diamond geezer

 Monday, May 22, 2023

Visit It: Hunterian Museum
Location: Lincoln's Inn Fields, WC2A 3PE [map]
Open: 10am-5pm (closed Sunday and Monday)
Admission: free
Website: hunterianmuseum.org
Socials: [Facebook] [Twitter] [Instagram]
Five word summary: surgical stuff and pickle jars
Time to allow: a good hour

London's had a Hunterian Museum for over 200 years, initially (and mainly) for the benefit of medical professionals. It grew out of the enormous collection of John Hunter, a Scottish surgeon who ran an anatomy school in Leicester Square during the second half of the 18th century. He believed medicine worked best when based on empirical observation, i.e. think before you hack, and over his career amassed more than 10,000 specimens of humans and other animals. After his death these were acquired by the Royal College of Surgeons as the basis of a museum within their classical HQ off Lincoln's Inn fields. It's been revamped many times, closing most recently in 2017 for a major refit and reopening just last week in a smaller, smarter format. If you're not squeamish prepare to come face to face with a lot of flesh in jars.

The building is so imposing you could easily think you're not allowed in, despite the poster on the front wall saying 'free entry'. The lobby looks every inch the home of an age-old professional body but trust your instincts, follow proffered directions and you'll find the entrance to the museum just behind reception. If you've been before you'll soon spot that the museum space is a lot smaller (and darker) than it used to be, indeed the entire upper level must now be offices, but when most of your exhibits are bodypart-sized there's still plenty of room to cram thousands in.

We start off in the world of early medicine with primitive implements including a Roman rectal speculum and a dental clamp from Pompeii. On the wall are 17th century wooden boards depicting (lifesize) blood circulation, and plenty of reminders that surgery was once dangerous, painful and liable only to make matters worse. A colourful interactive projection table takes centre stage, and I would love to have found out more about 14th century dentistry but no matter how much I jiggled my hand over and around the sensor ("Are you still there?") nothing happened.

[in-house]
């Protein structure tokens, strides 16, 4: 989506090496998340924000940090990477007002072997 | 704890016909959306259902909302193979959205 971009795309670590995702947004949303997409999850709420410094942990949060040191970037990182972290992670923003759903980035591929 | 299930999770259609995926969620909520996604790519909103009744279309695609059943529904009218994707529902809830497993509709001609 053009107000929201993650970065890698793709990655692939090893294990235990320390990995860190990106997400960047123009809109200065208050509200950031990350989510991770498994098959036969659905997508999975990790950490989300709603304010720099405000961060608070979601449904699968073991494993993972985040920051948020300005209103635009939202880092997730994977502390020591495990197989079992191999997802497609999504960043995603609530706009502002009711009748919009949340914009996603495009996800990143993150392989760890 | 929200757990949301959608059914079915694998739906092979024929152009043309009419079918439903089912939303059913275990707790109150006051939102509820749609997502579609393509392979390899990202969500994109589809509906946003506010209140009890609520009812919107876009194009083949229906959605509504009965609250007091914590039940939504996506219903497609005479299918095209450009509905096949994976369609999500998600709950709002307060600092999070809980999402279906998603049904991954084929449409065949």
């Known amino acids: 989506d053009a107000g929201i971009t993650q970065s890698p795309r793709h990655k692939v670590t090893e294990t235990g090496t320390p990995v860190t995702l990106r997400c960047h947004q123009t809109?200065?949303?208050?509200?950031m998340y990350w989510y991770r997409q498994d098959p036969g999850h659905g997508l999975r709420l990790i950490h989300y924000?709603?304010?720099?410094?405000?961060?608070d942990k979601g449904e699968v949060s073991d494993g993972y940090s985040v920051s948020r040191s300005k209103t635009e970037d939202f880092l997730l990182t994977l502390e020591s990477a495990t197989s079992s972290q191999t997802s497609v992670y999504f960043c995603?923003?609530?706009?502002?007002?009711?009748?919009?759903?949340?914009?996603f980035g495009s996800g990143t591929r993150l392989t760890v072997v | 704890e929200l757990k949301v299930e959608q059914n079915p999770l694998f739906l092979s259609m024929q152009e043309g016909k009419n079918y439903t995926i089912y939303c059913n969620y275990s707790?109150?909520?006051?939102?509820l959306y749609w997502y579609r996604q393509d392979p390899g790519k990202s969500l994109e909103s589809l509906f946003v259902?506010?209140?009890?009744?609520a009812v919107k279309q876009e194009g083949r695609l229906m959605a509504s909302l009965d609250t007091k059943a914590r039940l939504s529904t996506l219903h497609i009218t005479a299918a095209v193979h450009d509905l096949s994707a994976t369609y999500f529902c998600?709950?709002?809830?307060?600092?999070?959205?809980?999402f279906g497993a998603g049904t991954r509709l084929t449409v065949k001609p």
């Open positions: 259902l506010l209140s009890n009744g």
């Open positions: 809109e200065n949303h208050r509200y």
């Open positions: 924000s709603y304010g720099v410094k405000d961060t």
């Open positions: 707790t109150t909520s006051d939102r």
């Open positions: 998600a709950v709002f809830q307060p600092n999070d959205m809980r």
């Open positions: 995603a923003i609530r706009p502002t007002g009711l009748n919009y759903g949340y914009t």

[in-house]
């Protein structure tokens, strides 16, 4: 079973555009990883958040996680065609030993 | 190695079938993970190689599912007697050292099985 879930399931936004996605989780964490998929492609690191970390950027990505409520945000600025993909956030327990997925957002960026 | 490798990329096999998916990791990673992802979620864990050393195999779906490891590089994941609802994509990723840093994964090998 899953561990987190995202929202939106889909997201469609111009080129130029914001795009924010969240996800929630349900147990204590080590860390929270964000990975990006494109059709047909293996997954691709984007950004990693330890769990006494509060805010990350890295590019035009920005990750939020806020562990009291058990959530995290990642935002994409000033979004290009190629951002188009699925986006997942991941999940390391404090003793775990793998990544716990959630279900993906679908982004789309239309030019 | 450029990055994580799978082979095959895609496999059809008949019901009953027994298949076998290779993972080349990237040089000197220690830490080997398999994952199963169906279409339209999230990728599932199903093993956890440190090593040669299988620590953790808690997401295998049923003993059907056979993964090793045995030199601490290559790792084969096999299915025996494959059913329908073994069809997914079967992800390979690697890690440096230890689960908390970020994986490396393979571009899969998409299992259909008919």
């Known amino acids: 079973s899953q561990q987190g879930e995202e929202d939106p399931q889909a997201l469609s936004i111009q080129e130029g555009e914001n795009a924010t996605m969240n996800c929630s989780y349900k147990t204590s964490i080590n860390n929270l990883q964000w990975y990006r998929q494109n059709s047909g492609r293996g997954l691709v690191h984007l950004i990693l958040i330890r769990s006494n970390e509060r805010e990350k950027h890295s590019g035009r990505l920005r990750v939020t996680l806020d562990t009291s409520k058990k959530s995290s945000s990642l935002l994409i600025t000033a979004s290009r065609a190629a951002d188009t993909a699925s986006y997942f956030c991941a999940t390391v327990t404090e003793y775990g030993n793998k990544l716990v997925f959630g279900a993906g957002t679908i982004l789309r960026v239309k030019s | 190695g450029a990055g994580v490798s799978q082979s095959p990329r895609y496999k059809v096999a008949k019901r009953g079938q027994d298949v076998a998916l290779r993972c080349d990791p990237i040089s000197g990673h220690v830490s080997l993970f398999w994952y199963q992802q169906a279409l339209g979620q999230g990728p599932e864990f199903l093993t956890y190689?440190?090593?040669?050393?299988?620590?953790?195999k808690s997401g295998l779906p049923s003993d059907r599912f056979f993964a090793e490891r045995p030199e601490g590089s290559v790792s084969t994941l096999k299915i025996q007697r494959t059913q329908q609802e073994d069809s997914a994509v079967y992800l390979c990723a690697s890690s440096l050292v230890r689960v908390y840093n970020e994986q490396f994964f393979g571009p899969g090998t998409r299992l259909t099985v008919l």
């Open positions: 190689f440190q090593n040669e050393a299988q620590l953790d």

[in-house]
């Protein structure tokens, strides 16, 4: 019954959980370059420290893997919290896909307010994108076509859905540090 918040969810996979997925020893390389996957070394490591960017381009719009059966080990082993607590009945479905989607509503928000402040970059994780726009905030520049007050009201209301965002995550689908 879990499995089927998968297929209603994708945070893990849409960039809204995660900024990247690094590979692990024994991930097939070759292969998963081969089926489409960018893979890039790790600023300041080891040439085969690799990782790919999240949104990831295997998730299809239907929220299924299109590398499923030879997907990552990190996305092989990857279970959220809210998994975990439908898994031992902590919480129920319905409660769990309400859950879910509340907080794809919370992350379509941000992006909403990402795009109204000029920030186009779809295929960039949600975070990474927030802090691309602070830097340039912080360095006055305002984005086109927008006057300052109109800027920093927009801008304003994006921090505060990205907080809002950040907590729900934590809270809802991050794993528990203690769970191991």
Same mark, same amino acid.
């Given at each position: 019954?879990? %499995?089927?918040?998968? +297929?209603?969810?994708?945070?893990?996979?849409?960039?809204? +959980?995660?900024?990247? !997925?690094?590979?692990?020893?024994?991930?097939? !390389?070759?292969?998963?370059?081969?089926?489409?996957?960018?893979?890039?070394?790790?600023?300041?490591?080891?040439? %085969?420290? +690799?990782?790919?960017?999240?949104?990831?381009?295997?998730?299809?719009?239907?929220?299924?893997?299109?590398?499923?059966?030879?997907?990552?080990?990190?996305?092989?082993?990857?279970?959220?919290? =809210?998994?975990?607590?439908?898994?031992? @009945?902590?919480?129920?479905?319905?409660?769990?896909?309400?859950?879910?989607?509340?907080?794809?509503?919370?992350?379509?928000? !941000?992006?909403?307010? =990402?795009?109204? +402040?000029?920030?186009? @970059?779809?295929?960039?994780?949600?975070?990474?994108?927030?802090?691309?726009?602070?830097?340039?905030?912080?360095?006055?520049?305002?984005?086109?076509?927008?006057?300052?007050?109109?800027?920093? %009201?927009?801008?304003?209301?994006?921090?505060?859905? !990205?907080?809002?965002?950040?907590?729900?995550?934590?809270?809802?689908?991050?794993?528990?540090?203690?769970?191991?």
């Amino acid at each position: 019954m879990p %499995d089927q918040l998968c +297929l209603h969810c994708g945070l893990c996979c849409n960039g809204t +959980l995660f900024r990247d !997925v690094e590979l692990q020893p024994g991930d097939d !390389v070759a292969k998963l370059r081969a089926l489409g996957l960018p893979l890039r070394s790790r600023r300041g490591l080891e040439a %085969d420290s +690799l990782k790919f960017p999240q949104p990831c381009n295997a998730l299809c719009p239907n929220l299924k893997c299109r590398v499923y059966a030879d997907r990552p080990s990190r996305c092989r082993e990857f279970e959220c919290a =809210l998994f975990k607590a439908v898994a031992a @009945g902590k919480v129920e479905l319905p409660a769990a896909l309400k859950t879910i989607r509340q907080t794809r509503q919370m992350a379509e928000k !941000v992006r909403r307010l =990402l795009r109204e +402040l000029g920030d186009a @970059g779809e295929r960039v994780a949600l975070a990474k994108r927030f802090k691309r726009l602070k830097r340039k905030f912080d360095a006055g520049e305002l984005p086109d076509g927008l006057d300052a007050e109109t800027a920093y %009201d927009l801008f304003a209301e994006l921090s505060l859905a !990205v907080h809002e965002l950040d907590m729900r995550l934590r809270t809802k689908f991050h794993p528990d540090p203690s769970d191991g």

John Hunter merits a gallery or two, where we discover that he learnt his trade at his elder brother's anatomy school, kept a menagerie of exotic animals at his London home and accumulated many of his specimens by what we would now consider dubious means. One of these was the body of Charles Byrne, a 7½-footer known as the Irish Giant, despite his deathbed plea to be buried at sea instead. Byrne's skeleton remained on display in the museum right up to the latest refit, since when they've decided it'd be more moral to keep it behind the scenes.

Then comes the best bit, the room with the jars. It's not usually this empty, I just got in at the very start of the day. Within these capsules of sparkling formaldehyde are body parts aplenty, perhaps most hauntingly a set of human foetuses with a range of ages from recently conceived to almost born. Animals are well represented too, for example the oesophagus of a giant tortoise, not to mention a yearsworth of house sparrows caught by John to demonstrate that their testicles increase in size during the breeding season. One end of the gallery focuses on anatomy and physiology, i.e. normality, whereas the pathology end depicts disease and deformity in all its forms. Yes that's how bad a toe with corns can get, yes that's what syphilis can do to your nether regions and yes that's a 4kg salivary tumour successfully removed from a rigger's neck.

The museum continues beyond Hunter's collection into subsequent surgical casework and innovations. Anaesthetic transformed the profession, for example, but initially led to even more patients dying from bacterial infection. Also I would beg to claim it's not every museum that contains Winston Churchill's dentures, the Bishop of Durham's rectum and the left hemisphere of Charles Babbage's brain. The penultimate room is a jolt into the 20th century and the last features big screen footage of ankle surgery plus a selection of interviews with modern surgeons and their patients. Even if you can't get to the museum you can watch all of these in the Digital Hunterian online - I found Liz's breast surgery turnabout very affecting.

And yes after Room 10 you exit via the gift shop, although it's a very small collection including a lot of copies of not many books. Due to poor labelling I suspect the cashier spends most of their time explaining which button to press to open the final door and return to the main lobby. Expect to walk out seeing certain things differently, having learnt (just as John Hunter's students did) that our bodies are complex and fantastical things.

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